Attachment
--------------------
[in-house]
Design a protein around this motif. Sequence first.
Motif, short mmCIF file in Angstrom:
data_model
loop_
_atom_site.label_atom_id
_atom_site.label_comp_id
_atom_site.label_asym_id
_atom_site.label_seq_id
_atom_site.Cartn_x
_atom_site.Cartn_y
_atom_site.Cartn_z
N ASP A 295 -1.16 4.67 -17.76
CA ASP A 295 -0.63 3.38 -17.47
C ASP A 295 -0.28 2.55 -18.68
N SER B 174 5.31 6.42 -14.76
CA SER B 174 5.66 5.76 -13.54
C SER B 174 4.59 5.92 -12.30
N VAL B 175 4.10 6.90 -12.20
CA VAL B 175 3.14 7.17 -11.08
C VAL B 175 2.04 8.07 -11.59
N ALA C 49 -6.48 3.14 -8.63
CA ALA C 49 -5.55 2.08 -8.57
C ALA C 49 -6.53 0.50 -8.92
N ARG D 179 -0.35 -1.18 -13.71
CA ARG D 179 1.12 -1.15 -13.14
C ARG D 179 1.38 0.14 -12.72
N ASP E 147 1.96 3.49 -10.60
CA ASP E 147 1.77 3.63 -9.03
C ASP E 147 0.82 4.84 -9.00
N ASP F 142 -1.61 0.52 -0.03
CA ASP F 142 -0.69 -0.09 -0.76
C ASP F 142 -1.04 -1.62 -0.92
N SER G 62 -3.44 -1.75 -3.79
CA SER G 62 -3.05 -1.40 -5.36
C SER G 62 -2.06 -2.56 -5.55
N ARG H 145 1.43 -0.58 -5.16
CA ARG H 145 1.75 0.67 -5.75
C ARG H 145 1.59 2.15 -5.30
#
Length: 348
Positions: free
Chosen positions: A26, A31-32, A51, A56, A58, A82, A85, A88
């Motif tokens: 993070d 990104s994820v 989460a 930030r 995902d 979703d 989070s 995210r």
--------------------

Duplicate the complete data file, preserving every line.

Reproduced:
[in-house]
Design a protein around this motif. Sequence first.
Motif, short mmCIF file in Angstrom:
data_model
loop_
_atom_site.label_atom_id
_atom_site.label_comp_id
_atom_site.label_asym_id
_atom_site.label_seq_id
_atom_site.Cartn_x
_atom_site.Cartn_y
_atom_site.Cartn_z
N ASP A 295 -1.16 4.67 -17.76
CA ASP A 295 -0.63 3.38 -17.47
C ASP A 295 -0.28 2.55 -18.68
N SER B 174 5.31 6.42 -14.76
CA SER B 174 5.66 5.76 -13.54
C SER B 174 4.59 5.92 -12.30
N VAL B 175 4.10 6.90 -12.20
CA VAL B 175 3.14 7.17 -11.08
C VAL B 175 2.04 8.07 -11.59
N ALA C 49 -6.48 3.14 -8.63
CA ALA C 49 -5.55 2.08 -8.57
C ALA C 49 -6.53 0.50 -8.92
N ARG D 179 -0.35 -1.18 -13.71
CA ARG D 179 1.12 -1.15 -13.14
C ARG D 179 1.38 0.14 -12.72
N ASP E 147 1.96 3.49 -10.60
CA ASP E 147 1.77 3.63 -9.03
C ASP E 147 0.82 4.84 -9.00
N ASP F 142 -1.61 0.52 -0.03
CA ASP F 142 -0.69 -0.09 -0.76
C ASP F 142 -1.04 -1.62 -0.92
N SER G 62 -3.44 -1.75 -3.79
CA SER G 62 -3.05 -1.40 -5.36
C SER G 62 -2.06 -2.56 -5.55
N ARG H 145 1.43 -0.58 -5.16
CA ARG H 145 1.75 0.67 -5.75
C ARG H 145 1.59 2.15 -5.30
#
Length: 348
Positions: free
Chosen positions: A26, A31-32, A51, A56, A58, A82, A85, A88
């Motif tokens: 993070d 990104s994820v 989460a 930030r 995902d 979703d 989070s 995210r």